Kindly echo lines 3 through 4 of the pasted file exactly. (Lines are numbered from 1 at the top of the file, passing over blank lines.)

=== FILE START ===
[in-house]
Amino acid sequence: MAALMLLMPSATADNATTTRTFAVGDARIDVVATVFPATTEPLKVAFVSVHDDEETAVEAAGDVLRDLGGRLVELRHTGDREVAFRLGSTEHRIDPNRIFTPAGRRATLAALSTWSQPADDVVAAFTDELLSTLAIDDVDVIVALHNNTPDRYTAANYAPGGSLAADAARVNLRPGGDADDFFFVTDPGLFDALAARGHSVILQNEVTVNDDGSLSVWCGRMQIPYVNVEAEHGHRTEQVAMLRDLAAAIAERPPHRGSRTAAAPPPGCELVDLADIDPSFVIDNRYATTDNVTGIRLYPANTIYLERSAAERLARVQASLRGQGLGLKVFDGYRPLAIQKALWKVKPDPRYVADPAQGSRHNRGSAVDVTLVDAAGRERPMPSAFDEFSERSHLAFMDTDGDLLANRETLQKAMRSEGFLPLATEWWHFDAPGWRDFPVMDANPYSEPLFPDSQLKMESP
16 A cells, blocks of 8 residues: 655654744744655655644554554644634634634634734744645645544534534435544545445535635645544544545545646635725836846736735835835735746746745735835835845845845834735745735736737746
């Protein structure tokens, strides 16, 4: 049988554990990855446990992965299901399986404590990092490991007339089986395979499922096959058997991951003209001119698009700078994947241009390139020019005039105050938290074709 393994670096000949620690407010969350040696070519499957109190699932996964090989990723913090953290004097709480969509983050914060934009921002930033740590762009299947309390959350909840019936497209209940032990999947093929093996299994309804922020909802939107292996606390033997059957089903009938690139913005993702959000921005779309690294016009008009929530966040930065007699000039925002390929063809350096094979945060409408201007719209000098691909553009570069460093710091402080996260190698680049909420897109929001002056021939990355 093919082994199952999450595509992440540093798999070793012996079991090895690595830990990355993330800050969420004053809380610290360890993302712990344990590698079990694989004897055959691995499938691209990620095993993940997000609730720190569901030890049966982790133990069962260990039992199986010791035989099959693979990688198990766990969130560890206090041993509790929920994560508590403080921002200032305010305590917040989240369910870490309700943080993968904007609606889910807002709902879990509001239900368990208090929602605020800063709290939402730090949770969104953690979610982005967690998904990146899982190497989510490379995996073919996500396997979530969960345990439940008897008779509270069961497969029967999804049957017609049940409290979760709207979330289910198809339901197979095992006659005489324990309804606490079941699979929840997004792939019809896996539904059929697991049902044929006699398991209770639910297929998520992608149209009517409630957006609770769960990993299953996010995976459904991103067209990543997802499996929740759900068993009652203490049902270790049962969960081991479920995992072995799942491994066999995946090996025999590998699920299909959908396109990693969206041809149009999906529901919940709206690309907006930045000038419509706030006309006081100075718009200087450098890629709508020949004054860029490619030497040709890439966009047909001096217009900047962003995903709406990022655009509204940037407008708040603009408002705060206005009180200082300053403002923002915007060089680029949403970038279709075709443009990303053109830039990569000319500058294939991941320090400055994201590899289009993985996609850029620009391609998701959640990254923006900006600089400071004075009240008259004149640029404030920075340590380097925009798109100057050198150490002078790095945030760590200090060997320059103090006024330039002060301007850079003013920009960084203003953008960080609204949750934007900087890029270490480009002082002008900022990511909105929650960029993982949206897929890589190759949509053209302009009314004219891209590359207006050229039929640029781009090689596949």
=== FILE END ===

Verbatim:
16 A cells, blocks of 8 residues: 655654744744655655644554554644634634634634734744645645544534534435544545445535635645544544545545646635725836846736735835835735746746745735835835845845845834735745735736737746
């Protein structure tokens, strides 16, 4: 049988554990990855446990992965299901399986404590990092490991007339089986395979499922096959058997991951003209001119698009700078994947241009390139020019005039105050938290074709 393994670096000949620690407010969350040696070519499957109190699932996964090989990723913090953290004097709480969509983050914060934009921002930033740590762009299947309390959350909840019936497209209940032990999947093929093996299994309804922020909802939107292996606390033997059957089903009938690139913005993702959000921005779309690294016009008009929530966040930065007699000039925002390929063809350096094979945060409408201007719209000098691909553009570069460093710091402080996260190698680049909420897109929001002056021939990355 093919082994199952999450595509992440540093798999070793012996079991090895690595830990990355993330800050969420004053809380610290360890993302712990344990590698079990694989004897055959691995499938691209990620095993993940997000609730720190569901030890049966982790133990069962260990039992199986010791035989099959693979990688198990766990969130560890206090041993509790929920994560508590403080921002200032305010305590917040989240369910870490309700943080993968904007609606889910807002709902879990509001239900368990208090929602605020800063709290939402730090949770969104953690979610982005967690998904990146899982190497989510490379995996073919996500396997979530969960345990439940008897008779509270069961497969029967999804049957017609049940409290979760709207979330289910198809339901197979095992006659005489324990309804606490079941699979929840997004792939019809896996539904059929697991049902044929006699398991209770639910297929998520992608149209009517409630957006609770769960990993299953996010995976459904991103067209990543997802499996929740759900068993009652203490049902270790049962969960081991479920995992072995799942491994066999995946090996025999590998699920299909959908396109990693969206041809149009999906529901919940709206690309907006930045000038419509706030006309006081100075718009200087450098890629709508020949004054860029490619030497040709890439966009047909001096217009900047962003995903709406990022655009509204940037407008708040603009408002705060206005009180200082300053403002923002915007060089680029949403970038279709075709443009990303053109830039990569000319500058294939991941320090400055994201590899289009993985996609850029620009391609998701959640990254923006900006600089400071004075009240008259004149640029404030920075340590380097925009798109100057050198150490002078790095945030760590200090060997320059103090006024330039002060301007850079003013920009960084203003953008960080609204949750934007900087890029270490480009002082002008900022990511909105929650960029993982949206897929890589190759949509053209302009009314004219891209590359207006050229039929640029781009090689596949």